5 Reasons Shopping at Walmart Will Never Go Back to Normal
As supermarkets roll back pandemic era rules, in-store grocery shopping is slowly beginning to resemble
As supermarkets roll back pandemic era rules, in-store grocery shopping is slowly beginning to resemble the early months of 2020 (aka the days before pasta and toilet paper shortages). But much has changed in the past year, and we’re starting to get our first glimpse of what the new “normal” could look like at major retailers like Costco and Walmart.
Speaking of Walmart, CEO John Furner recently outlined some reasons why shopping at America’s #1 largest grocery chain will never go back to normal. Read on to discover how your routine may change, then stick around for the 6 Best Groceries to Buy at Walmart Right Now.
Even though customers are returning to stores, Furner says Walmart isn’t pulling attention away from its online marketplace.
“What happened last year for Walmart, we probably skipped about four years worth of change, evolution, transformation, growth—whatever we’d like to call it—in the e-commerce space,” Furner said at the National Retail Federation’s NRF Retail Converge conference, according to Supermarket News. “. . . And there’s been a steady shift from a combination of in-store shopping to in-store shopping and pickup and in-store shopping and delivery to home.”
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“We’ve got a store footprint that’s up to about 4,700 locations,” Furner added. “The supply chain is able to serve fulfillment centers and stores. Stores are now acting not only as a store but as a fulfillment center in some ways, because we’re able to pick orders for pickup, for delivery InHome for Walmart+ members, and for e-commerce.”
Another part of the equation? Drones. Walmart tested delivering COVID-19 tests to customer doorsteps via drone during the pandemic, and it subsequently invested in DroneUp.
There hopefully won’t be any toilet paper shortages—at least any time soon. Moving forward, Walmart is making key investments in its supply chain to make it more dynamic.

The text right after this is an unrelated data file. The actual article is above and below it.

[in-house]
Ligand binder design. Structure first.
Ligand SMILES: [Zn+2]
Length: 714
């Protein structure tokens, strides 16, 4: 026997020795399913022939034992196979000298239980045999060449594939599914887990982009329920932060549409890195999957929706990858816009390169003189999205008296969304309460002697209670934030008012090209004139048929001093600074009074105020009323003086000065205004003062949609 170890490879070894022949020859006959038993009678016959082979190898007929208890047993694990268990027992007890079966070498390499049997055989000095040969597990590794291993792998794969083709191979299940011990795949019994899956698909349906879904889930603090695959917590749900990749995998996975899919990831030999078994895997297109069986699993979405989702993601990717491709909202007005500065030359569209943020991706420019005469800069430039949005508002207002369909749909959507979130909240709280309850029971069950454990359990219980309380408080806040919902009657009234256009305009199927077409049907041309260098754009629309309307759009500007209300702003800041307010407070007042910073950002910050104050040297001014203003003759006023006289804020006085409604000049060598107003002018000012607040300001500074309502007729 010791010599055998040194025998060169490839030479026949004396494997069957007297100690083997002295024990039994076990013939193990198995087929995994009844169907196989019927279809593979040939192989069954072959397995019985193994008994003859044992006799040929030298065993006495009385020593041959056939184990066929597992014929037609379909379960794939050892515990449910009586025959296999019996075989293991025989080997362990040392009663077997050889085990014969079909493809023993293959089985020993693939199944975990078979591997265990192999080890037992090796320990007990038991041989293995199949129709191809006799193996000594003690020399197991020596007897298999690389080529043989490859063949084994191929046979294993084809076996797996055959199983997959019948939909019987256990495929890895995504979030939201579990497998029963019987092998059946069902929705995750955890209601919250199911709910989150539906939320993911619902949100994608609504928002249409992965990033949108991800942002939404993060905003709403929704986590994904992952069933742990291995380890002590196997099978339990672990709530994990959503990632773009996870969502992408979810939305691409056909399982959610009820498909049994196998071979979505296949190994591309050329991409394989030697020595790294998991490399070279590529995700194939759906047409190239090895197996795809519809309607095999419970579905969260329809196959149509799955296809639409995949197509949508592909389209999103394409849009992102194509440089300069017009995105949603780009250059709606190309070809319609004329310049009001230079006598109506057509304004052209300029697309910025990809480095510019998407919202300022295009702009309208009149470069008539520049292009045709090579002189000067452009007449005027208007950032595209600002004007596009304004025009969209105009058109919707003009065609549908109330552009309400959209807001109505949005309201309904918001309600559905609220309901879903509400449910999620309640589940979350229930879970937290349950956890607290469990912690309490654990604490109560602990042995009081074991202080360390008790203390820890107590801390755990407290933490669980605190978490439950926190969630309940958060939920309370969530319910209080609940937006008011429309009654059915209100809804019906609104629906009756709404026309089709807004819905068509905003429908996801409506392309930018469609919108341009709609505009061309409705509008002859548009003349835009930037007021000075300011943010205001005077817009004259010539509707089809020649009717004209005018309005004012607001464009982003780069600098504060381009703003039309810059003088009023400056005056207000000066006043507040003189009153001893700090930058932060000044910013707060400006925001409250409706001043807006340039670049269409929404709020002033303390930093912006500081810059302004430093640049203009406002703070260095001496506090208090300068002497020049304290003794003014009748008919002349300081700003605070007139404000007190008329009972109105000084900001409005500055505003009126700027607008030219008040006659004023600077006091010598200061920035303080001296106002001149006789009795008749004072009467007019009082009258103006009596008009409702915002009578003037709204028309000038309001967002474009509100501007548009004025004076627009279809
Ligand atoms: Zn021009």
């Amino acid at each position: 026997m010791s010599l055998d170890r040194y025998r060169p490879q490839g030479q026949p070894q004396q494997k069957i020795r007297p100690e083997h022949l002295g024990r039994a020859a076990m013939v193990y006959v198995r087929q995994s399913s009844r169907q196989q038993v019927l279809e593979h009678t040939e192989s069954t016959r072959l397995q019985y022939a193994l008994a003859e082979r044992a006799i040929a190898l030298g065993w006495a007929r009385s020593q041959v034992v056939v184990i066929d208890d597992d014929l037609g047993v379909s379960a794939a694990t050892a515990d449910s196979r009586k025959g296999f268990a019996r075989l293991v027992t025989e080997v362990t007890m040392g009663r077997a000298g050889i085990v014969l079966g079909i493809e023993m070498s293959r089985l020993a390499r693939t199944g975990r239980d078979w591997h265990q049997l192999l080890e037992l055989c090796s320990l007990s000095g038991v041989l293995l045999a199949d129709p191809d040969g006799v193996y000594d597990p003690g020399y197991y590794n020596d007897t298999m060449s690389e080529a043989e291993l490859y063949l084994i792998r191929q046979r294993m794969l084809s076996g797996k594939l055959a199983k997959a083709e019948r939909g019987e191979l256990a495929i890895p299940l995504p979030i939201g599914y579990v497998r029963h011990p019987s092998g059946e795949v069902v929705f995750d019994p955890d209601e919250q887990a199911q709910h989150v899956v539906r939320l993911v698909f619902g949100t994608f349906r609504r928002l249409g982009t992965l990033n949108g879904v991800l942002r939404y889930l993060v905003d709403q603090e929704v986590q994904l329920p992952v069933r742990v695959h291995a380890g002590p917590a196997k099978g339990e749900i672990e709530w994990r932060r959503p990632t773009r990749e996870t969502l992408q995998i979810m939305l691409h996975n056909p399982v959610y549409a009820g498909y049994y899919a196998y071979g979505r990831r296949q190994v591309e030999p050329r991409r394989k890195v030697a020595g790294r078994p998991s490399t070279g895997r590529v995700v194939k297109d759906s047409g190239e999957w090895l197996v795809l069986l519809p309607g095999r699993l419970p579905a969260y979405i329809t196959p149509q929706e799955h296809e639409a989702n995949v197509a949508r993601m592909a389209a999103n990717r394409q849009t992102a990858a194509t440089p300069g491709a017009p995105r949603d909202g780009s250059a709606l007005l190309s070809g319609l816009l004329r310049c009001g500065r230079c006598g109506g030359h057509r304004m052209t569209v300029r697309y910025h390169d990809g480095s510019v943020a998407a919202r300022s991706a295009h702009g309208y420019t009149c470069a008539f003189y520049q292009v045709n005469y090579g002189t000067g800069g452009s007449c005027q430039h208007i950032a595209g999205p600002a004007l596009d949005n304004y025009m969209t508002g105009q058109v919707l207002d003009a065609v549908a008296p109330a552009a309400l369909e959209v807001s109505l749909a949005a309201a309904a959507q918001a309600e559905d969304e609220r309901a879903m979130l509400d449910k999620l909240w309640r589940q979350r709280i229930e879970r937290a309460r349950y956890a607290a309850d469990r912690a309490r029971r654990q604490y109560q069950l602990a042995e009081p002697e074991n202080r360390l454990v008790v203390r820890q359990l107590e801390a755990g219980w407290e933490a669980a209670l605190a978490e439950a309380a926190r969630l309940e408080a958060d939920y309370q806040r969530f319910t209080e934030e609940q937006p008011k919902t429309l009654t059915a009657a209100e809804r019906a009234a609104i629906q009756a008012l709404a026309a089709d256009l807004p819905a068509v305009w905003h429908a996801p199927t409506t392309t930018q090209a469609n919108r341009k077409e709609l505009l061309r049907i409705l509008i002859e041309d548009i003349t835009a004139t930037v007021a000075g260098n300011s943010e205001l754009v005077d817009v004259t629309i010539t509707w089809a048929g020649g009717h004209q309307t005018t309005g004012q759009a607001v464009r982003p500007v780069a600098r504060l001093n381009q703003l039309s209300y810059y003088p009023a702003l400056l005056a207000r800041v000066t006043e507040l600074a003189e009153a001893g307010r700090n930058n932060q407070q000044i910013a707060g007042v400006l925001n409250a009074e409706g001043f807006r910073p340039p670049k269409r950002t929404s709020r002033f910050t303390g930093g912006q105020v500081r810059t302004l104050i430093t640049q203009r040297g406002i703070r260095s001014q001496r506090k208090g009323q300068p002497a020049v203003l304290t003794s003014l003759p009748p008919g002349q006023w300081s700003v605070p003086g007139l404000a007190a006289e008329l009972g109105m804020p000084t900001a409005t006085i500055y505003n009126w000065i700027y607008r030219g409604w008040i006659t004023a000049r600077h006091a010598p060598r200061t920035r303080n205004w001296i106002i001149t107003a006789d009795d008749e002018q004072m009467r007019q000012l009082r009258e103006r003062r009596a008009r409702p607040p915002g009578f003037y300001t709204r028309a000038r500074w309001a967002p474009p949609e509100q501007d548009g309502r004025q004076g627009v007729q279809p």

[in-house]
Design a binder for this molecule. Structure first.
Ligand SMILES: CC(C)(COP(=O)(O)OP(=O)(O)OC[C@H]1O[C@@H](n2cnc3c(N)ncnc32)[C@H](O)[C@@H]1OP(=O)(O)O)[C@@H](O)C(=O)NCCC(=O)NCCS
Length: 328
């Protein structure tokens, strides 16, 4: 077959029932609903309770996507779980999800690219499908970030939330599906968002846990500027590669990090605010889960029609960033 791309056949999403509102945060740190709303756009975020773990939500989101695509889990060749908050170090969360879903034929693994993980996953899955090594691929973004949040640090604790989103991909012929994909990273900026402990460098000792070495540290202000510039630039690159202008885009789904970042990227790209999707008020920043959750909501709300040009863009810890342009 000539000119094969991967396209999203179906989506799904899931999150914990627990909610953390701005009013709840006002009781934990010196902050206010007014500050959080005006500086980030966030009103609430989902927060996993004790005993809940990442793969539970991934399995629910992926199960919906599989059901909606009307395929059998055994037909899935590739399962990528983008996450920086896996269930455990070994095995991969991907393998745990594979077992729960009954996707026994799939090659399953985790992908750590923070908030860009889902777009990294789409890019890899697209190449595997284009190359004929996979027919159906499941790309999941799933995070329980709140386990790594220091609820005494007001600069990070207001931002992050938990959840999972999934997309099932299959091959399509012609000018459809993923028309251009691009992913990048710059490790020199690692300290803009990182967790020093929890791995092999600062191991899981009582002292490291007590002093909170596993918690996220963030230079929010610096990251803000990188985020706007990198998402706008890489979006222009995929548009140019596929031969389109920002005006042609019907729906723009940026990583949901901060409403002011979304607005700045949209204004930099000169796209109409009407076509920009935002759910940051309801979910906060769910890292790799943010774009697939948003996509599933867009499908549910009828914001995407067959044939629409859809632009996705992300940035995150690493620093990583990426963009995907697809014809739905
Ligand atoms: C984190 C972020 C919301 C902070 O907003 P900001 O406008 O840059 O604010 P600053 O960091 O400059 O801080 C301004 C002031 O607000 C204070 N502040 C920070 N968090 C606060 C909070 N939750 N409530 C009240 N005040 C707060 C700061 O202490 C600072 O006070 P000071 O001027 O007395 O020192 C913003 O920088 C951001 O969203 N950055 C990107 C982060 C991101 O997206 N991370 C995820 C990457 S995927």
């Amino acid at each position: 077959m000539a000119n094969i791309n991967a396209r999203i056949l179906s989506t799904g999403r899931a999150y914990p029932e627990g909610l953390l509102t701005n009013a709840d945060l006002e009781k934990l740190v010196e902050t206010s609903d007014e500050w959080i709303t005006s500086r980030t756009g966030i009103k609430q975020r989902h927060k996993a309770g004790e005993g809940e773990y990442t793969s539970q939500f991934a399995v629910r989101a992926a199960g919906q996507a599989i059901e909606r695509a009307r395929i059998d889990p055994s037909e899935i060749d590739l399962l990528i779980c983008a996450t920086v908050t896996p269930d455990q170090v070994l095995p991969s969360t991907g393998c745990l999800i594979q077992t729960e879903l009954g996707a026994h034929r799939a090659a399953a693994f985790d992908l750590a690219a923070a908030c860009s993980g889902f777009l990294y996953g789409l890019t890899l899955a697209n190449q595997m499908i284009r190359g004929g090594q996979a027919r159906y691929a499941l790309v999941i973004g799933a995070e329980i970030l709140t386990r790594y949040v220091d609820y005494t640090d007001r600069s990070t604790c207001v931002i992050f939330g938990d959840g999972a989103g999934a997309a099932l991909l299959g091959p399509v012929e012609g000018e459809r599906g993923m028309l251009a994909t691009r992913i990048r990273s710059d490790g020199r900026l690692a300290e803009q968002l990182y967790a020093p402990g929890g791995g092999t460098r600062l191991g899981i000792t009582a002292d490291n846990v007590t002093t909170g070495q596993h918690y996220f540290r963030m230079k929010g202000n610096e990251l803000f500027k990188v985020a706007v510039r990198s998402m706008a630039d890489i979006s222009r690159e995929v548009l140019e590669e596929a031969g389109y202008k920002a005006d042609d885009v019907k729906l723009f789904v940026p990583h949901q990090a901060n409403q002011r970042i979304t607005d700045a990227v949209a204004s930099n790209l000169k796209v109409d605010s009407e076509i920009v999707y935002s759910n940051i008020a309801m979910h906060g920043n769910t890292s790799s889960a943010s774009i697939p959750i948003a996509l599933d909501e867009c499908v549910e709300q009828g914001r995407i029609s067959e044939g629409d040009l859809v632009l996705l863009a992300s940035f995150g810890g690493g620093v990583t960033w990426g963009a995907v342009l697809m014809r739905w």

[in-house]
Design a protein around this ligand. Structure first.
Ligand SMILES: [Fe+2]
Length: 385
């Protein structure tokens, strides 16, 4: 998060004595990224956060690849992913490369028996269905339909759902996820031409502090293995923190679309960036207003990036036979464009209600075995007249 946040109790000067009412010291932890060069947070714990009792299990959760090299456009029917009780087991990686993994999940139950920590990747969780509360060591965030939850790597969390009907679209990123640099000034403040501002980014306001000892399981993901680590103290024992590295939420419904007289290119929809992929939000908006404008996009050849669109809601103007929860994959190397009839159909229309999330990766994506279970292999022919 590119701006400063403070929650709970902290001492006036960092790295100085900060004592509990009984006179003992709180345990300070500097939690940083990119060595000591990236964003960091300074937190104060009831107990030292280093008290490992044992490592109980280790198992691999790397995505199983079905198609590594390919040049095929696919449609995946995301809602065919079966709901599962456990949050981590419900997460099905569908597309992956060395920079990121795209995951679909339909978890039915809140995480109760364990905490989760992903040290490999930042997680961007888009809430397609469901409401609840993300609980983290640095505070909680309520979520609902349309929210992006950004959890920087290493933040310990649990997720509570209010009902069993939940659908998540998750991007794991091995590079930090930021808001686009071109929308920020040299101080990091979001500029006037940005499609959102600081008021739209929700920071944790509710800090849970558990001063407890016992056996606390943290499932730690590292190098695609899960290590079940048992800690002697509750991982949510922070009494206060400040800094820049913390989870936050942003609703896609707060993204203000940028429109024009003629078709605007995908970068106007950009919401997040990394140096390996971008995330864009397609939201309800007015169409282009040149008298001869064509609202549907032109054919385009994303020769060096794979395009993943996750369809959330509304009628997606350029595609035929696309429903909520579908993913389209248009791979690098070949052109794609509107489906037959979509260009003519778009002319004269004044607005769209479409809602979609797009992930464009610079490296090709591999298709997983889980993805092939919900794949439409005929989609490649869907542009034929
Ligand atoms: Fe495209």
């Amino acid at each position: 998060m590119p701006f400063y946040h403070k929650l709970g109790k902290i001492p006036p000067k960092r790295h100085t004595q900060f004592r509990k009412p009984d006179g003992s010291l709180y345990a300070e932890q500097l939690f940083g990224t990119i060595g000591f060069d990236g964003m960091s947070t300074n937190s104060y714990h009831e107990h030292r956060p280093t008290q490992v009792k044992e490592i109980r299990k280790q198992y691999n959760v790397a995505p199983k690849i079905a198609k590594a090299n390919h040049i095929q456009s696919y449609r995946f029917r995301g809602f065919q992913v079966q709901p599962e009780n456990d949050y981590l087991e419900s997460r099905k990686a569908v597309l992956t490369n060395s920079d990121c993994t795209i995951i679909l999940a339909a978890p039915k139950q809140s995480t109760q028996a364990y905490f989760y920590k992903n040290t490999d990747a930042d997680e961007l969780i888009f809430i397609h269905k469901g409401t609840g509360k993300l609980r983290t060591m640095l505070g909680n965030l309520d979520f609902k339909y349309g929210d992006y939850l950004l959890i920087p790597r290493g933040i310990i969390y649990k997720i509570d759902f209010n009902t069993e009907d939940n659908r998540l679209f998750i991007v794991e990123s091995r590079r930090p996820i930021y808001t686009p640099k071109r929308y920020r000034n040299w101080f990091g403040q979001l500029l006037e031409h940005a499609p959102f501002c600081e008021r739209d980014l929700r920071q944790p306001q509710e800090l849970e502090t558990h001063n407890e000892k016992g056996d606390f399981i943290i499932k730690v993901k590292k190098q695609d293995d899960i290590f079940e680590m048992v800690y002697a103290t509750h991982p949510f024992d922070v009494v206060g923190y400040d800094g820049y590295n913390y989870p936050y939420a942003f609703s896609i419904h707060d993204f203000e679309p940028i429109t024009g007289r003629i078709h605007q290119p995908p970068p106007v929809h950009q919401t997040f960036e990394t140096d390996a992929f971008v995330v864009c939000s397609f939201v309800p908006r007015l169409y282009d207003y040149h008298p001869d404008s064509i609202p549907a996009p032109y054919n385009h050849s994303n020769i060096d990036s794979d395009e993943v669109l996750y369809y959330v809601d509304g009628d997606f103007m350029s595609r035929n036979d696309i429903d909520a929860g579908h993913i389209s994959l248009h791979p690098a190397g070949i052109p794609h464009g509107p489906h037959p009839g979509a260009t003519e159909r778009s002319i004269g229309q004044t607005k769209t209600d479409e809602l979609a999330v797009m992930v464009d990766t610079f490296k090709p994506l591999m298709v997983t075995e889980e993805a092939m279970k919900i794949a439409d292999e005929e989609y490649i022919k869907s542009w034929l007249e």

“We’re investing in our supply chain in a big way over the next few years,” Furner said. “Not only in the physical supply chain but also about how our supply chain can be more dynamic.”
These investments, which include a $350 billion commitment to U.S. manufacturing, should have a positive impact on customer fulfillment.
“I think over the next few years, you’ll see supply chains become more dynamic and the timeline from idea to delivery speed up,” Furner added.
Only about 150 McDonald’s restaurants remain inside Walmart stores, according to estimates. To put things into perspective, there used to be 875.
The decline began over a decade ago, but the pandemic didn’t help matters. Now, other fast-food chains are replacing the outgoing McDonald’s locations. Expect to see Domino’s, Saladworks, Taco Bell, and more eateries in their place.
Could the “end” of the pandemic bring lower prices with it? In May, Furner said Walmart would keep up its strategy of offering up more Rollbacks and price cuts on the items shoppers want as they venture outside of their homes and into the summer sun.
To lure customers back inside stores, Walmart is marking down all kinds of summer staples. Prices on items such as cotton T-shirts, outdoor grills, teeth-whitening kits, and more have been rolled back so far. Hello summer, and hello savings!
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